Sony’s confidential PlayStation secrets just spilled because of a Sharpie


Photo by Anthony Wallace / AFP via Getty Images

Sony highly confidential information about its PlayStation business has just been revealed by mistake. As part of the FTC v. Microsoft hearing, Sony supplied a document from PlayStation chief Jim Ryan that includes redacted details on the margins Sony shares with publishers, its Call of Duty revenues, and even the cost of developing some of its games.

It looks like someone redacted the documents with a black Sharpie — but when you scan them in, it’s easy to see some of the redactions. Oops.

The court has scrambled to remove the document, but the damage is done; reporters and Sony’s competition have already downloaded all the documents while they were in the public domain. Among other things, the document shows that Horizon Forbidden West apparently cost $212 million over five years with 300 employees, and The Last of Us Part II cost $220 million with around 200 employees:


Image: Sony

It’s not just how much games cost to make that’s been revealed here, either. Sony says 1 million PlayStation gamers play nothing but Call of Duty. My colleague Sean Hollister has analyzed the document, and it appears to show:

In 2021, over [14?] million users (by device) spent 30 percent or more of their time playing Call of Duty, over 6 million users spent more than 70% of their time on Call of Duty, and about 1 million users spent 100% of their gaming time on Call of Duty. In 2021, Call of Duty players spent an average of [116?] hours per year playing Call of Duty. Call of Duty players spending more than 70 percent of their time on Call of Duty spent an average of 296 hours on the franchise.

Sony supplied this information in an attempt to show that its revenues would be heavily impacted if Call of Duty was an Xbox exclusive. In multiple filings to regulators, Sony has maintained that it fears Microsoft could make Call of Duty exclusive to Xbox or even sabotage the PlayStation versions of the game.

And we may have an inkling of that revenue impact because Sony also accidentally revealed how much money Call of Duty is worth to PlayStation. We already knew the figure was over a billion dollars, but the document suggests CoD was worth $800 million for PlayStation revenue in just the US during 2021 — and we think the document says $1.5 billion globally. And that’s just the game alone, but when you count accessories, subscriptions, and everything else, then that jumps to (what appears to our eyes) to be $15.9 billion a year — or perhaps $13.9 billion. Either way, it’s a huge amount.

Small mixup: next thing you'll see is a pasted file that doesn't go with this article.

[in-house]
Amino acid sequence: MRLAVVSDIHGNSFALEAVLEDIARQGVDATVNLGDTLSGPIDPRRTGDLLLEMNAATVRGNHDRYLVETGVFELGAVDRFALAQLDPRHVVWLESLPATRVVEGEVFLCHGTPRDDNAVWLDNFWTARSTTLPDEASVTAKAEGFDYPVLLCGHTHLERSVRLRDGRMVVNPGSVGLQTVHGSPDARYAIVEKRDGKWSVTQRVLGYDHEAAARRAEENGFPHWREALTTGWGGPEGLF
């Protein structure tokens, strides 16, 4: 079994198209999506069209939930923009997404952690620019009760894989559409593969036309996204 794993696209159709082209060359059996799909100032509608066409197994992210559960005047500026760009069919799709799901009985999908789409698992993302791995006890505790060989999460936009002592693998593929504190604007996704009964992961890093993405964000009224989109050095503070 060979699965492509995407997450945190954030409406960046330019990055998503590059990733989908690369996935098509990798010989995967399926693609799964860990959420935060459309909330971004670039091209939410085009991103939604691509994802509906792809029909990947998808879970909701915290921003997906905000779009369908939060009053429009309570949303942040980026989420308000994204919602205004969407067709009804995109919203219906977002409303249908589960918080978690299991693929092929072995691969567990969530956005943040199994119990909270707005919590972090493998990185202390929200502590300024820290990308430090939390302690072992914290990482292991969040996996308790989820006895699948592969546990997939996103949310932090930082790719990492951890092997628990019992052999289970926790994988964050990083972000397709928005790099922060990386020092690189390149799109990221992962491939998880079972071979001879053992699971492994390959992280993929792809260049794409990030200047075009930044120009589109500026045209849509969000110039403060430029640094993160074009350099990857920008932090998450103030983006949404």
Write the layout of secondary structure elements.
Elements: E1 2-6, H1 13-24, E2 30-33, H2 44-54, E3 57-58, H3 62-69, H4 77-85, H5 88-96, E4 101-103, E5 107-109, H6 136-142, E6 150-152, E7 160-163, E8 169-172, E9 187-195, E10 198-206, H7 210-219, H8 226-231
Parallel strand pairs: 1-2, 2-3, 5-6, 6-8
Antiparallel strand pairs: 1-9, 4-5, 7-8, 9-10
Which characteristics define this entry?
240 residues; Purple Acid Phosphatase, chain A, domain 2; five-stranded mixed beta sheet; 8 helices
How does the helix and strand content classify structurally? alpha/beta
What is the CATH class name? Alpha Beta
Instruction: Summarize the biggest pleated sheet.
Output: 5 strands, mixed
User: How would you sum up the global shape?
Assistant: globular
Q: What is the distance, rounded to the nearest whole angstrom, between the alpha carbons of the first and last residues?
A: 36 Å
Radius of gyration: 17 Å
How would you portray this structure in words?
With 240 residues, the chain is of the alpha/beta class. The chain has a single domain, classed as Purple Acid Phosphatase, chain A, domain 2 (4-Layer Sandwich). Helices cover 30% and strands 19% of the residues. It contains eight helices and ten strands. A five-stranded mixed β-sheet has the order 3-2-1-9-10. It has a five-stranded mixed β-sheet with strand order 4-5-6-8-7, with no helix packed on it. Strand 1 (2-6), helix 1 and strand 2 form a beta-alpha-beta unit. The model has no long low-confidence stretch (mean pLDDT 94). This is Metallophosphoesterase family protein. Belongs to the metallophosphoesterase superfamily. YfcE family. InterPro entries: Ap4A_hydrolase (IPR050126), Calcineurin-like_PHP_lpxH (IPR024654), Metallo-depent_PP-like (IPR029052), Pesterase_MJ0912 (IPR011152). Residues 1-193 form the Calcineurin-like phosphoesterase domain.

Image: Sony

How much does Sony share with third-party publishers like Activision? This one’s fuzzy enough we can’t confidently translate it, but the “typical margin” looks like it might be 10 percent? See below:

Does that first bit say 14 percent of PlayStation games sold are Sony’s own first-party games? We’re not quite sure, but comparing to other numbers in the document it looks like “1” and “4”. Image: Sony

The document also reveals that Sony only has one more Call of Duty game as part of its exclusive marketing deal with Activision. “[T]he last game covered by the contract is a Call of Duty title to be released in late 2023,” reads part of the document from Jim Ryan that wasn’t properly redacted.

Sony also says around half of PS5 owners also have a Nintendo Switch. The FTC and Microsoft have continually been arguing over whether the Switch is a competitor to the Xbox and PS5 during this hearing, and Sony’s data is even clearer evidence of the makeup of console ownership in the US:

According to SIE internal surveys, almost half of PlayStation 5 owners in the United States also own a Nintendo Switch, while less than 20% of PlayStation 5 owners in the United States also own an Xbox Series X or S.

Sony isn’t the only one affected by document redaction issues, though. A confidential Microsoft document revealed all of the company’s Xbox acquisition targets earlier this week, and now that document has disappeared and has been replaced with a heavily redacted version.

That one wasn’t redacted with a Sharpie, though.

Update, 6:28PM ET: We originally wrote that Sony failed to properly redact this information, but it’s not clear who performed the redaction; Sony is not a party to the case and had repeatedly asked the courts to seal and/or redact portions of the material.